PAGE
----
Operative experience of surgery residents: trends and challenges

Malangoni MA1, Biester TW, Jones AT, Klingensmith ME, Lewis FR Jr. J Surg Educ. 2013 Nov-Dec;70(6):783-8.

Abstract

 

OBJECTIVE:

To evaluate trends in operative experience and to determine the effect of establishing the Surgical Council on Resident Education (SCORE) operative classification system on changes in operative volume among graduating surgery residents.

DESIGN:

The general surgery operative logs of graduating surgery residents from 2005 were retrospectively compared with residents who completed training in 2010 and 2011. Nonparametric statistical analyses were used (Mann-Whitney and median test) with significance set at p<0.01.

PARTICIPANTS:

A total of 1022 residents completing residency in 2005 were compared with 1923 residents completing training in 2010-2011.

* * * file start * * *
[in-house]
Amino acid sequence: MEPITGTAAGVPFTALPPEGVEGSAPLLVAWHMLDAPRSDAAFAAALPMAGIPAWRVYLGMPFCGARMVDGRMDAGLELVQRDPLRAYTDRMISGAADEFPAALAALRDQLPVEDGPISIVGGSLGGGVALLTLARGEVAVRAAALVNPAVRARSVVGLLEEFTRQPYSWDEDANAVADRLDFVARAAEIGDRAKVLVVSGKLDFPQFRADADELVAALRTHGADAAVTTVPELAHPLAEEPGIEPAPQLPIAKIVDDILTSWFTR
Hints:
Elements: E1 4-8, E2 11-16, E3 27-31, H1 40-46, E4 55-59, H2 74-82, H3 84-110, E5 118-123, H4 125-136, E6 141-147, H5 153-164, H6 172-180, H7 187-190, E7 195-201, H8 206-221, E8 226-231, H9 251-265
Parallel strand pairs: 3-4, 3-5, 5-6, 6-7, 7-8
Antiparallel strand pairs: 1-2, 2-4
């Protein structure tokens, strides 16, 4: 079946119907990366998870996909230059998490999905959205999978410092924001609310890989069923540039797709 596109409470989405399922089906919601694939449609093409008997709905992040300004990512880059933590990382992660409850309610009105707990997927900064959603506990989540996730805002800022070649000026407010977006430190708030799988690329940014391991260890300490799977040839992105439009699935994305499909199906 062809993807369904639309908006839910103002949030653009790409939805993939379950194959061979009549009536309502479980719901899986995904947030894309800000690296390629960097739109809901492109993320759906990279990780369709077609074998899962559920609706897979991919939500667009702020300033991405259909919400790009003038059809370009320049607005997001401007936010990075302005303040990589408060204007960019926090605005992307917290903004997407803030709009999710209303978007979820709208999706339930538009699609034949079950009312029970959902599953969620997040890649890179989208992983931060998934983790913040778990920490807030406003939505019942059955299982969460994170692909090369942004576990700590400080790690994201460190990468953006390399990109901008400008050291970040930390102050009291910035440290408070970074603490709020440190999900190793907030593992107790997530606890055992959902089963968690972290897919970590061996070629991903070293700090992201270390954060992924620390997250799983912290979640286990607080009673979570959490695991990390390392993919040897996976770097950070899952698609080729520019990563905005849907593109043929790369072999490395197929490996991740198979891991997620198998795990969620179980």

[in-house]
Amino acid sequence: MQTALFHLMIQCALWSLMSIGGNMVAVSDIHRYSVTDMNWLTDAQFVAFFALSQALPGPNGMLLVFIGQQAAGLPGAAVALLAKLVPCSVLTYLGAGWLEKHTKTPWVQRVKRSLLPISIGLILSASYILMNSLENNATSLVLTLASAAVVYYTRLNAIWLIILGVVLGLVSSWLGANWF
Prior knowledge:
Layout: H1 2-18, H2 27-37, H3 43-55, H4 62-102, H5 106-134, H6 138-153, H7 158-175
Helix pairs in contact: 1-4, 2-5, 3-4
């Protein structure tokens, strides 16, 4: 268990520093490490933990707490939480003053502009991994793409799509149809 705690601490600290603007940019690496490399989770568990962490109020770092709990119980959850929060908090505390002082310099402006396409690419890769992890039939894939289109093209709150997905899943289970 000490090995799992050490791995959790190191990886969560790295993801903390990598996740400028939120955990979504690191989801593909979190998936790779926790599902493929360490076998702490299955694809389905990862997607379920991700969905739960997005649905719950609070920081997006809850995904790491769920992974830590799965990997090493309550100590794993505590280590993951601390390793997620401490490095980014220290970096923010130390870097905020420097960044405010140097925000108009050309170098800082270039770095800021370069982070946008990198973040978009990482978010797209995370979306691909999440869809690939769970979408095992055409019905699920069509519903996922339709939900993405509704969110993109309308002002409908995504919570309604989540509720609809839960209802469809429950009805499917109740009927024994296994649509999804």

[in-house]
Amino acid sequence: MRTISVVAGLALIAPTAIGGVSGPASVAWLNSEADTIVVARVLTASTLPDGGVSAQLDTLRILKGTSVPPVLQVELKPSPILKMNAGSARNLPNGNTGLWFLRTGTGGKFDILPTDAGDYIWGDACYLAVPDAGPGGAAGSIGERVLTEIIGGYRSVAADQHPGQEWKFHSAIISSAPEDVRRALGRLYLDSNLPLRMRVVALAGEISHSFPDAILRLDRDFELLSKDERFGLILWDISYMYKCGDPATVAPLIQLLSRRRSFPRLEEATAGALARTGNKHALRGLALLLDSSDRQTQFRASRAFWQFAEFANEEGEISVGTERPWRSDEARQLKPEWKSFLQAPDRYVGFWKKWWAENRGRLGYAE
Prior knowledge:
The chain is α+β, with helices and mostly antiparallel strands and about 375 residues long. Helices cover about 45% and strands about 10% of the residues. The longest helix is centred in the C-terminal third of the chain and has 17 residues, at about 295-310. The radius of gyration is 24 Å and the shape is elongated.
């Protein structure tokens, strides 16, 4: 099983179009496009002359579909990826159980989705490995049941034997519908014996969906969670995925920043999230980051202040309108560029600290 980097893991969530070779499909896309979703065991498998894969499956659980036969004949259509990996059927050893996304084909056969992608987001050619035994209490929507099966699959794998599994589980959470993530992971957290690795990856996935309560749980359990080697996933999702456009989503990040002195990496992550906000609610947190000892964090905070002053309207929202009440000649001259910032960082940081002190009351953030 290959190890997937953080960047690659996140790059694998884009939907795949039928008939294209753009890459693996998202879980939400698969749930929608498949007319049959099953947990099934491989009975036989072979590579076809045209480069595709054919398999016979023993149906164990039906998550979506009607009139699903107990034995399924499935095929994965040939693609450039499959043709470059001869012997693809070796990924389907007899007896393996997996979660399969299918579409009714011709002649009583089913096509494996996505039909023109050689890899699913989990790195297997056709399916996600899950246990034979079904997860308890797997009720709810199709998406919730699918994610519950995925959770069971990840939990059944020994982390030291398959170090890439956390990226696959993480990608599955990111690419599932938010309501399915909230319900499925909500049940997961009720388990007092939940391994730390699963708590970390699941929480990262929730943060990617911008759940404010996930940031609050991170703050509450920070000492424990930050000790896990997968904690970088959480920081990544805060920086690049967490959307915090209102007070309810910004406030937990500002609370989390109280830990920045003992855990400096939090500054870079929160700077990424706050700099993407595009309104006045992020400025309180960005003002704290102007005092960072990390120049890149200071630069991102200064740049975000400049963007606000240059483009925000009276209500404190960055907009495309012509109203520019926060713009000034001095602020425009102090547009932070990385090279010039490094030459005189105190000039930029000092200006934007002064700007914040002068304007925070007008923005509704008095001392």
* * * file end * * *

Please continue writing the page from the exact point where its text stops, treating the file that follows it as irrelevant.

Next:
RESULTS:

Total operations reported increased from a median of 1023 to 1238 (21%) between 2005 and 2010-2011 (p<0.001). Cases increased in most SCORE categories. The median numbers of total, basic, and complex laparoscopic operations increased by 49%, 37%, and 82%, respectively, over the 5-year interval (p<0.001). Open cavitary (thoracic + abdominal) operations decreased by 5%, whereas other major operations increased by 35% (both p<0.001). The frequency of discrete operations done at least 10 times during residency did not change. The median number of SCORE essential-common operations performed ranged from 1 to 107, whereas essential-uncommon operations ranged from 0 to 4. Twenty-three of 67 SCORE essential-common operations (34%) had a median of less than 5 and 4 had a median of 0.

CONCLUSIONS:

The operative volume of graduating surgical residents has increased by 21% since 2005; however, the number of operations done 10 times or greater has not changed. Although open cavitary procedures continue to decline, there has been a large increase in endoscopy, complex laparoscopic, and other major operations. Some essential-common operations continue to be performed infrequently. These results suggest that education in the operating room must improve and alternate methods for teaching infrequently performed procedures are needed.

PubMed ID 24209656